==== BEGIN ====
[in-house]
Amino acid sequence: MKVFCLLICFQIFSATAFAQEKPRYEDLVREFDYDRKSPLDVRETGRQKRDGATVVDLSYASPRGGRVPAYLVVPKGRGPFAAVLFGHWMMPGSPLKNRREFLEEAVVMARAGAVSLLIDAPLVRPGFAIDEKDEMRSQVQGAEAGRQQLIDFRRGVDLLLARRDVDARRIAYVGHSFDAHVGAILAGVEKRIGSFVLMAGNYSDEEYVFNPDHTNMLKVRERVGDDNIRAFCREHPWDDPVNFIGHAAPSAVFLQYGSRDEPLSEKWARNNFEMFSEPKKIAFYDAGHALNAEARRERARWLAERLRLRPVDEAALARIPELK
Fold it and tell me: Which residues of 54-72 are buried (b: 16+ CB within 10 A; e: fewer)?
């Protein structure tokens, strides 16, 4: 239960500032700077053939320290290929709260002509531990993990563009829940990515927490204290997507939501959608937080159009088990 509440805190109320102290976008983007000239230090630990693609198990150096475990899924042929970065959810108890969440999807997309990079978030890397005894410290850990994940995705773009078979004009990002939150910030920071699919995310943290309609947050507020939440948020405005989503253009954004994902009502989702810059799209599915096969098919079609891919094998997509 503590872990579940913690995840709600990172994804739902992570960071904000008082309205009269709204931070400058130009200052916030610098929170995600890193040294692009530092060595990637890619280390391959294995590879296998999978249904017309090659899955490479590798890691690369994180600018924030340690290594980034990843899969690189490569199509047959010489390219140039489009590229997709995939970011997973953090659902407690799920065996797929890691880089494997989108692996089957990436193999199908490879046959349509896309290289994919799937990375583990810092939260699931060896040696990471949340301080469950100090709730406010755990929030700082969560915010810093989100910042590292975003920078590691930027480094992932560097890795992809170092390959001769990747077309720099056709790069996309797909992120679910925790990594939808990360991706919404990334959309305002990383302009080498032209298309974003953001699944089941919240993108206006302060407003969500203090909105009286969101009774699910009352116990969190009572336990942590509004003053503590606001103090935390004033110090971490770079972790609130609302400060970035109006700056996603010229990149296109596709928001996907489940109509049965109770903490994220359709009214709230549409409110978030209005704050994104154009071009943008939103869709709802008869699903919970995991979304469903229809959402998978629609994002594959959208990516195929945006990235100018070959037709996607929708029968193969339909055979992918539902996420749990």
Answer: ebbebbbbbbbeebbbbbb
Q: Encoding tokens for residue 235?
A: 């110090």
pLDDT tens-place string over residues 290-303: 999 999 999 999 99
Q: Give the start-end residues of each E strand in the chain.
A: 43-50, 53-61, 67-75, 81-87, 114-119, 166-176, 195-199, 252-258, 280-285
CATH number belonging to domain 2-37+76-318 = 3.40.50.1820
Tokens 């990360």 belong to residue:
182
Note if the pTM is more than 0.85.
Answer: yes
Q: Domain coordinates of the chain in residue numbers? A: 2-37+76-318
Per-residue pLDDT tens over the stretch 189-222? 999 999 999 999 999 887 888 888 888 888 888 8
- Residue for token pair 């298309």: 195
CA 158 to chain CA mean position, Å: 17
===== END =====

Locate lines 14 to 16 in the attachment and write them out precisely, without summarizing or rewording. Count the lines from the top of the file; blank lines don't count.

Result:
Note if the pTM is more than 0.85.
Answer: yes
Q: Domain coordinates of the chain in residue numbers? A: 2-37+76-318